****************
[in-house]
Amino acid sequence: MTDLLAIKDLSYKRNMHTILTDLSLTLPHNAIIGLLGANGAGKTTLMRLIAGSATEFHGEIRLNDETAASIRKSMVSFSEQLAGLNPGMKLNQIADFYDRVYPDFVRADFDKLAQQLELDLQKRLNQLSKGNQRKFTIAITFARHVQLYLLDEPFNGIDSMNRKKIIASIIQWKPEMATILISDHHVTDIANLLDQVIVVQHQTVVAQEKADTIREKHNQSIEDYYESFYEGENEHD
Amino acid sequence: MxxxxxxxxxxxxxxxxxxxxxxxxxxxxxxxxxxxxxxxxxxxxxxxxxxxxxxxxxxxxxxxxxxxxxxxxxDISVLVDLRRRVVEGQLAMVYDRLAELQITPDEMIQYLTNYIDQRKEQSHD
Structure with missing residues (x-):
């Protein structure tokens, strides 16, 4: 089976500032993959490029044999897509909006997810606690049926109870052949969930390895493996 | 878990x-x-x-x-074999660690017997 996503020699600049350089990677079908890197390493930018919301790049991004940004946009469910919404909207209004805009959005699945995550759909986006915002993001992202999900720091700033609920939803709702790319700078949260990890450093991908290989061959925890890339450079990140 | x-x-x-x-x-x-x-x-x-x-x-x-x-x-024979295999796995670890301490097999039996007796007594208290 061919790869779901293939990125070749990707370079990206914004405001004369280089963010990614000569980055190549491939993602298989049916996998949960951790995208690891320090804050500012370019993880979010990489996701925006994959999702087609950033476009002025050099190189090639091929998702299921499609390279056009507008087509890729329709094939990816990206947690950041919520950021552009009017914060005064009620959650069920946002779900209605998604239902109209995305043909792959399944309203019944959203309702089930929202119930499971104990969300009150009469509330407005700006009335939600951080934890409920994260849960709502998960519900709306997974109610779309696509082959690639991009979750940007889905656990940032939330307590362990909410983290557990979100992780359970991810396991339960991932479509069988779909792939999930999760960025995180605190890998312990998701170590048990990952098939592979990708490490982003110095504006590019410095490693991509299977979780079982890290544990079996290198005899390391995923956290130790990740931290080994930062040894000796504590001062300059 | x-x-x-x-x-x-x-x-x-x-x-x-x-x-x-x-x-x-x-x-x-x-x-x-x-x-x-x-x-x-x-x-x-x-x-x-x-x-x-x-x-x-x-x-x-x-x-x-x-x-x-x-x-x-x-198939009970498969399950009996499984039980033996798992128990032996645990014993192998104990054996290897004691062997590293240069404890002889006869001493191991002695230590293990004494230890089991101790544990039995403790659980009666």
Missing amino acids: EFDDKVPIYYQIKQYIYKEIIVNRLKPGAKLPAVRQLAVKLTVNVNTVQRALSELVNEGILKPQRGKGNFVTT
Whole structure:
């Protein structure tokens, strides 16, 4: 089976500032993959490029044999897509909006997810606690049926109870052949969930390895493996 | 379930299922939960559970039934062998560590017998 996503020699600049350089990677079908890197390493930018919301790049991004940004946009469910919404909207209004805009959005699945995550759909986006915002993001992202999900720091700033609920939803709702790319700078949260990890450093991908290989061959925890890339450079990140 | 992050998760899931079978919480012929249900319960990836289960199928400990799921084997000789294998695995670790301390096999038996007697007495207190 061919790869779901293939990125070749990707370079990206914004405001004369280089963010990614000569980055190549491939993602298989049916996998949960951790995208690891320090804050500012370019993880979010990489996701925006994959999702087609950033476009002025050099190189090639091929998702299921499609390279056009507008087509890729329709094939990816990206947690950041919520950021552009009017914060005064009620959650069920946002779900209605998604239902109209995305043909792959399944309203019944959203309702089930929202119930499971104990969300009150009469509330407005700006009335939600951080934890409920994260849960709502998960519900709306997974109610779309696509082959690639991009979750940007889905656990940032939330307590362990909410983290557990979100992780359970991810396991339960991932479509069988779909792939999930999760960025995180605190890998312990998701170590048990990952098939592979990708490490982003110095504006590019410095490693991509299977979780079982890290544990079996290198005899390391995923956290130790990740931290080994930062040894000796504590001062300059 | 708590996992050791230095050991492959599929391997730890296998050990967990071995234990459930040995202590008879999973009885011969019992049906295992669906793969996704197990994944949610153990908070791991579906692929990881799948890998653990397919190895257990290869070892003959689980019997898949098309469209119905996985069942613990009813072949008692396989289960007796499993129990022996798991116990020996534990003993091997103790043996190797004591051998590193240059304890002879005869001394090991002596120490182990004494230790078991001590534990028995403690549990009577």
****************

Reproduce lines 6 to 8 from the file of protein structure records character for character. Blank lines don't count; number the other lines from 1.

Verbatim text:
Missing amino acids: EFDDKVPIYYQIKQYIYKEIIVNRLKPGAKLPAVRQLAVKLTVNVNTVQRALSELVNEGILKPQRGKGNFVTT
Whole structure:
């Protein structure tokens, strides 16, 4: 089976500032993959490029044999897509909006997810606690049926109870052949969930390895493996 | 379930299922939960559970039934062998560590017998 996503020699600049350089990677079908890197390493930018919301790049991004940004946009469910919404909207209004805009959005699945995550759909986006915002993001992202999900720091700033609920939803709702790319700078949260990890450093991908290989061959925890890339450079990140 | 992050998760899931079978919480012929249900319960990836289960199928400990799921084997000789294998695995670790301390096999038996007697007495207190 061919790869779901293939990125070749990707370079990206914004405001004369280089963010990614000569980055190549491939993602298989049916996998949960951790995208690891320090804050500012370019993880979010990489996701925006994959999702087609950033476009002025050099190189090639091929998702299921499609390279056009507008087509890729329709094939990816990206947690950041919520950021552009009017914060005064009620959650069920946002779900209605998604239902109209995305043909792959399944309203019944959203309702089930929202119930499971104990969300009150009469509330407005700006009335939600951080934890409920994260849960709502998960519900709306997974109610779309696509082959690639991009979750940007889905656990940032939330307590362990909410983290557990979100992780359970991810396991339960991932479509069988779909792939999930999760960025995180605190890998312990998701170590048990990952098939592979990708490490982003110095504006590019410095490693991509299977979780079982890290544990079996290198005899390391995923956290130790990740931290080994930062040894000796504590001062300059 | 708590996992050791230095050991492959599929391997730890296998050990967990071995234990459930040995202590008879999973009885011969019992049906295992669906793969996704197990994944949610153990908070791991579906692929990881799948890998653990397919190895257990290869070892003959689980019997898949098309469209119905996985069942613990009813072949008692396989289960007796499993129990022996798991116990020996534990003993091997103790043996190797004591051998590193240059304890002879005869001394090991002596120490182990004494230790078991001590534990028995403690549990009577």